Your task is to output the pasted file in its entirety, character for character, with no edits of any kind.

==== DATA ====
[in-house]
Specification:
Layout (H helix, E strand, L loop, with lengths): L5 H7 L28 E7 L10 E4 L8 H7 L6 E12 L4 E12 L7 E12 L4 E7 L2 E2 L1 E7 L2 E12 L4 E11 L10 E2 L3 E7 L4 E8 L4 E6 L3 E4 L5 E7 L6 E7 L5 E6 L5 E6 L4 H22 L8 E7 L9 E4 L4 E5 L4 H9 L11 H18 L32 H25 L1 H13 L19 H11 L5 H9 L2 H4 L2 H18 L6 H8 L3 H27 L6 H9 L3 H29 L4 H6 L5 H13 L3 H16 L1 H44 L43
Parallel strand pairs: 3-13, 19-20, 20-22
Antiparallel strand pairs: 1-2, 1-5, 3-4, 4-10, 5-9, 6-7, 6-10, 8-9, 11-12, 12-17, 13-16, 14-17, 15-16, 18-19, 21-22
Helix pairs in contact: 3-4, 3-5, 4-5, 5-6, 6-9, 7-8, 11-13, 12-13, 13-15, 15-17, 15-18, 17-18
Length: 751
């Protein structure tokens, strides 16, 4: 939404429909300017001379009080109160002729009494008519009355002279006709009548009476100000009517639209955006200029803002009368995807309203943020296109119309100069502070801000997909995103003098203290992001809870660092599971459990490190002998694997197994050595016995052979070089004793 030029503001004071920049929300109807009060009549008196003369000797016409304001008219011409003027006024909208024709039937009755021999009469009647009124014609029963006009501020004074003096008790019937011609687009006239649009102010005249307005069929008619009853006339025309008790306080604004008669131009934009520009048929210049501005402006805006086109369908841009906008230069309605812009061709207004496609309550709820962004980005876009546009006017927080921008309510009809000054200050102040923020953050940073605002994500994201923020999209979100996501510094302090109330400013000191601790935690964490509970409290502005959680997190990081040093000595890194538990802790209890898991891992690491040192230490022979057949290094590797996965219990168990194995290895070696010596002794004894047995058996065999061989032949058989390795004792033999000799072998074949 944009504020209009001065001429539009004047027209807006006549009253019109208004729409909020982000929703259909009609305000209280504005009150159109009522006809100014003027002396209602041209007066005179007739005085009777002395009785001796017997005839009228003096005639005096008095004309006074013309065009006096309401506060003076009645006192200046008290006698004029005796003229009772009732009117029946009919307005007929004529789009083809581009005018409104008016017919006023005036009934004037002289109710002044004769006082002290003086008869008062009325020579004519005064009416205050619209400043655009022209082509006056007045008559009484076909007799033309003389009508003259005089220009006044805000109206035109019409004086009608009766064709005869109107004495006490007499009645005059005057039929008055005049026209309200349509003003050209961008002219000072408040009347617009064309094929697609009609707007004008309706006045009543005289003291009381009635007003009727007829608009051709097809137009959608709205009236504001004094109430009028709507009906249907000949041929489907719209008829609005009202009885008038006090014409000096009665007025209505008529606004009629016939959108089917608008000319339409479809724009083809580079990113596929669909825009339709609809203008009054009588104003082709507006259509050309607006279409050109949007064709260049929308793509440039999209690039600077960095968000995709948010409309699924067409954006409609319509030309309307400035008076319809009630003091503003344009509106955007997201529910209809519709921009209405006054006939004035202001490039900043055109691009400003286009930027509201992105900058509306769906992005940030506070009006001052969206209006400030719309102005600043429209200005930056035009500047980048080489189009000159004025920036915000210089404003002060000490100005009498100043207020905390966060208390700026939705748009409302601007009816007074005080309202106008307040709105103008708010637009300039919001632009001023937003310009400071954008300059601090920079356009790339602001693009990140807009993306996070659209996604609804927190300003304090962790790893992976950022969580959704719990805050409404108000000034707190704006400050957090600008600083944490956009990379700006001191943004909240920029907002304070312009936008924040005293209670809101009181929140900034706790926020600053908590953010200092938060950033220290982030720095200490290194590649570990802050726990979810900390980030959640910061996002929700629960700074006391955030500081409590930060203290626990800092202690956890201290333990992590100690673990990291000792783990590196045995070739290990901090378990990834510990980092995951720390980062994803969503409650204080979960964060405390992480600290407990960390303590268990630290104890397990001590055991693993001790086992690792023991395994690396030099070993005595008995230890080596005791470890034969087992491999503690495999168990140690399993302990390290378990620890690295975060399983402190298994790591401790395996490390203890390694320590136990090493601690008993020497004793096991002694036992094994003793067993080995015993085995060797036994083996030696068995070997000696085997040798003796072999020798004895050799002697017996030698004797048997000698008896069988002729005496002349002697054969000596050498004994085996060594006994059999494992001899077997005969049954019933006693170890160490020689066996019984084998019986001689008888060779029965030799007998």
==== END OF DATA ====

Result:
[in-house]
Specification:
Layout (H helix, E strand, L loop, with lengths): L5 H7 L28 E7 L10 E4 L8 H7 L6 E12 L4 E12 L7 E12 L4 E7 L2 E2 L1 E7 L2 E12 L4 E11 L10 E2 L3 E7 L4 E8 L4 E6 L3 E4 L5 E7 L6 E7 L5 E6 L5 E6 L4 H22 L8 E7 L9 E4 L4 E5 L4 H9 L11 H18 L32 H25 L1 H13 L19 H11 L5 H9 L2 H4 L2 H18 L6 H8 L3 H27 L6 H9 L3 H29 L4 H6 L5 H13 L3 H16 L1 H44 L43
Parallel strand pairs: 3-13, 19-20, 20-22
Antiparallel strand pairs: 1-2, 1-5, 3-4, 4-10, 5-9, 6-7, 6-10, 8-9, 11-12, 12-17, 13-16, 14-17, 15-16, 18-19, 21-22
Helix pairs in contact: 3-4, 3-5, 4-5, 5-6, 6-9, 7-8, 11-13, 12-13, 13-15, 15-17, 15-18, 17-18
Length: 751
């Protein structure tokens, strides 16, 4: 939404429909300017001379009080109160002729009494008519009355002279006709009548009476100000009517639209955006200029803002009368995807309203943020296109119309100069502070801000997909995103003098203290992001809870660092599971459990490190002998694997197994050595016995052979070089004793 030029503001004071920049929300109807009060009549008196003369000797016409304001008219011409003027006024909208024709039937009755021999009469009647009124014609029963006009501020004074003096008790019937011609687009006239649009102010005249307005069929008619009853006339025309008790306080604004008669131009934009520009048929210049501005402006805006086109369908841009906008230069309605812009061709207004496609309550709820962004980005876009546009006017927080921008309510009809000054200050102040923020953050940073605002994500994201923020999209979100996501510094302090109330400013000191601790935690964490509970409290502005959680997190990081040093000595890194538990802790209890898991891992690491040192230490022979057949290094590797996965219990168990194995290895070696010596002794004894047995058996065999061989032949058989390795004792033999000799072998074949 944009504020209009001065001429539009004047027209807006006549009253019109208004729409909020982000929703259909009609305000209280504005009150159109009522006809100014003027002396209602041209007066005179007739005085009777002395009785001796017997005839009228003096005639005096008095004309006074013309065009006096309401506060003076009645006192200046008290006698004029005796003229009772009732009117029946009919307005007929004529789009083809581009005018409104008016017919006023005036009934004037002289109710002044004769006082002290003086008869008062009325020579004519005064009416205050619209400043655009022209082509006056007045008559009484076909007799033309003389009508003259005089220009006044805000109206035109019409004086009608009766064709005869109107004495006490007499009645005059005057039929008055005049026209309200349509003003050209961008002219000072408040009347617009064309094929697609009609707007004008309706006045009543005289003291009381009635007003009727007829608009051709097809137009959608709205009236504001004094109430009028709507009906249907000949041929489907719209008829609005009202009885008038006090014409000096009665007025209505008529606004009629016939959108089917608008000319339409479809724009083809580079990113596929669909825009339709609809203008009054009588104003082709507006259509050309607006279409050109949007064709260049929308793509440039999209690039600077960095968000995709948010409309699924067409954006409609319509030309309307400035008076319809009630003091503003344009509106955007997201529910209809519709921009209405006054006939004035202001490039900043055109691009400003286009930027509201992105900058509306769906992005940030506070009006001052969206209006400030719309102005600043429209200005930056035009500047980048080489189009000159004025920036915000210089404003002060000490100005009498100043207020905390966060208390700026939705748009409302601007009816007074005080309202106008307040709105103008708010637009300039919001632009001023937003310009400071954008300059601090920079356009790339602001693009990140807009993306996070659209996604609804927190300003304090962790790893992976950022969580959704719990805050409404108000000034707190704006400050957090600008600083944490956009990379700006001191943004909240920029907002304070312009936008924040005293209670809101009181929140900034706790926020600053908590953010200092938060950033220290982030720095200490290194590649570990802050726990979810900390980030959640910061996002929700629960700074006391955030500081409590930060203290626990800092202690956890201290333990992590100690673990990291000792783990590196045995070739290990901090378990990834510990980092995951720390980062994803969503409650204080979960964060405390992480600290407990960390303590268990630290104890397990001590055991693993001790086992690792023991395994690396030099070993005595008995230890080596005791470890034969087992491999503690495999168990140690399993302990390290378990620890690295975060399983402190298994790591401790395996490390203890390694320590136990090493601690008993020497004793096991002694036992094994003793067993080995015993085995060797036994083996030696068995070997000696085997040798003796072999020798004895050799002697017996030698004797048997000698008896069988002729005496002349002697054969000596050498004994085996060594006994059999494992001899077997005969049954019933006693170890160490020689066996019984084998019986001689008888060779029965030799007998």